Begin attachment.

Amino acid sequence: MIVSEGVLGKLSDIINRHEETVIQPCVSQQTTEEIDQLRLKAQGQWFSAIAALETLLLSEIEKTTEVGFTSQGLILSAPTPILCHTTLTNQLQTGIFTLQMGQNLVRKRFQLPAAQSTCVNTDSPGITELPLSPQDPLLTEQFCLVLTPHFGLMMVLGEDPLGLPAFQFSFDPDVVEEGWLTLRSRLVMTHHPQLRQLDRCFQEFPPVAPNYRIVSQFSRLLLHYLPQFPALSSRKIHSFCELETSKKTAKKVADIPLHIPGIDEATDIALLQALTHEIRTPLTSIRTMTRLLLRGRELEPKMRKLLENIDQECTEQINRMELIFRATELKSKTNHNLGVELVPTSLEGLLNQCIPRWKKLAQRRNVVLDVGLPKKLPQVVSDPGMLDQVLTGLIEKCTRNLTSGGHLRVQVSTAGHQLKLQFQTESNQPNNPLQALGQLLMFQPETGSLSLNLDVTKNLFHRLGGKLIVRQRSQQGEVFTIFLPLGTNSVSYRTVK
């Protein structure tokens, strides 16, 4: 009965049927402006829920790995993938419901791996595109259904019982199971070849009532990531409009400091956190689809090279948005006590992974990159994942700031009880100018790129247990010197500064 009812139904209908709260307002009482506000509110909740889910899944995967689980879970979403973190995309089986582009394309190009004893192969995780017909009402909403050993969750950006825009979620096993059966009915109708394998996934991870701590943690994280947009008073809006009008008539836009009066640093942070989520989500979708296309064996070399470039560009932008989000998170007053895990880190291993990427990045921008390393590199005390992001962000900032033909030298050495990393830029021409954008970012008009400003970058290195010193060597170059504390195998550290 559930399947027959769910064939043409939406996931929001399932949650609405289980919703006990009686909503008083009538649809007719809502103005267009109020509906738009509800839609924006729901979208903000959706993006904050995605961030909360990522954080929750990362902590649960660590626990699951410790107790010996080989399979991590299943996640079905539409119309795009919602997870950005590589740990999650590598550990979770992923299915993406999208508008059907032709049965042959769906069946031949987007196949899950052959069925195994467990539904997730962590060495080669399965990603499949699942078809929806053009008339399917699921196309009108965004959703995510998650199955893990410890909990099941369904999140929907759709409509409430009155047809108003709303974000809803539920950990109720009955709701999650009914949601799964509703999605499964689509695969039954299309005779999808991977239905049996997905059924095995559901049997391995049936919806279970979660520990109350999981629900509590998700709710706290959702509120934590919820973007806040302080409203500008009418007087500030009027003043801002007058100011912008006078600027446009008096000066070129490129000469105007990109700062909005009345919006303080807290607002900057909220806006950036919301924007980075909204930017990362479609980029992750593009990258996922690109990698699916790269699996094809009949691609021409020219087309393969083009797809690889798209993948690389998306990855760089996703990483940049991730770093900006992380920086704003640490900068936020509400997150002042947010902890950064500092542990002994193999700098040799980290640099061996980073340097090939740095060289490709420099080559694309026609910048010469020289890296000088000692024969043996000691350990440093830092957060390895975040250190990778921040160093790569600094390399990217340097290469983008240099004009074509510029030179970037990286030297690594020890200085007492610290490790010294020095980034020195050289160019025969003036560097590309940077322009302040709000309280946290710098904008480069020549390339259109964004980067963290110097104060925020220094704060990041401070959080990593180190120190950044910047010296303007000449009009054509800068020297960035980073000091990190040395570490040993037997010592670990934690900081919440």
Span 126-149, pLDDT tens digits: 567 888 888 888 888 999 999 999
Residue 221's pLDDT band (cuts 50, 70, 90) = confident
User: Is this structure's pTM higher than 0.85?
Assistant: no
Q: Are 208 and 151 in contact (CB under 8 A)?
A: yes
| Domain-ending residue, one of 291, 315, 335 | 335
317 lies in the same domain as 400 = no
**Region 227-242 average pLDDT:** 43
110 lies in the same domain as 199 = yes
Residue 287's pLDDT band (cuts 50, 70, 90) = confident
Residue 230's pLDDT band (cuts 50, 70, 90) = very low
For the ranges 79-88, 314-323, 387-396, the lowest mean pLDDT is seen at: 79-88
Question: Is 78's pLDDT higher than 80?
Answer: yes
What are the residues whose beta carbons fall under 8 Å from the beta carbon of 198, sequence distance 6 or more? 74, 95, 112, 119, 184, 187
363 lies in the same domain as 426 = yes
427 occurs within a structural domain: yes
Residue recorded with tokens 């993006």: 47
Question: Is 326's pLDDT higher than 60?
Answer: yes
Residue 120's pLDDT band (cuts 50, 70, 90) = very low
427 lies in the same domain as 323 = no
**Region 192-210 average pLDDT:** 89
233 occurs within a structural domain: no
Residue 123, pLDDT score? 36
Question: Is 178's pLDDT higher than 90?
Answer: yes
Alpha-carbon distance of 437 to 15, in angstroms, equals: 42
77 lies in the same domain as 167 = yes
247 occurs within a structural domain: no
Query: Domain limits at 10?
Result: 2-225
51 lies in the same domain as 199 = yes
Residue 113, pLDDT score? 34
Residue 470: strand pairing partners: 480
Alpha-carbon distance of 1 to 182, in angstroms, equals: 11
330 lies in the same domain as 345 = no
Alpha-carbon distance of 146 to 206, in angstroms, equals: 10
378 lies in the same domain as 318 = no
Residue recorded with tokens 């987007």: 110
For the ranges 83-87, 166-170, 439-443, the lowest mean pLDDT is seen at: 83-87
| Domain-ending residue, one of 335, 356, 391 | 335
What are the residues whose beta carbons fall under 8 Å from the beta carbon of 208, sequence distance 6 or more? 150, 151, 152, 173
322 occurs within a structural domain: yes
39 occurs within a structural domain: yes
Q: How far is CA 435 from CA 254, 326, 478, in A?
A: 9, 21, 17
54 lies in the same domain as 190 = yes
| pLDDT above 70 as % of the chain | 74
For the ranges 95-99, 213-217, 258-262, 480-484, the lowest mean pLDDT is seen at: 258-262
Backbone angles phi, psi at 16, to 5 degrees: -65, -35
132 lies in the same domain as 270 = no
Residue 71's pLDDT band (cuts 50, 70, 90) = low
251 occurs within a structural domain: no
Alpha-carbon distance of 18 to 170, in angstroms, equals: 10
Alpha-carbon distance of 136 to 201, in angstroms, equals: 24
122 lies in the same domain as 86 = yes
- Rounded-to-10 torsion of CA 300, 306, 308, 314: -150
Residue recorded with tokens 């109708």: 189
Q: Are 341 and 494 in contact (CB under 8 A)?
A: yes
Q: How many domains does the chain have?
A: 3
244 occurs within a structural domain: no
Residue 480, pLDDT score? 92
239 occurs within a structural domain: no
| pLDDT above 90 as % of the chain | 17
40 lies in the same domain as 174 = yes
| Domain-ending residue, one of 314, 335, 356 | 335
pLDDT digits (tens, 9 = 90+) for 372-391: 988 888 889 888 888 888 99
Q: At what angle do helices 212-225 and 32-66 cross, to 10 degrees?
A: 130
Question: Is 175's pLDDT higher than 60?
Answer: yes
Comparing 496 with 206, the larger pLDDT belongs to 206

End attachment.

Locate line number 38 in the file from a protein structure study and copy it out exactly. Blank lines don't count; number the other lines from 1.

Residue 470: strand pairing partners: 480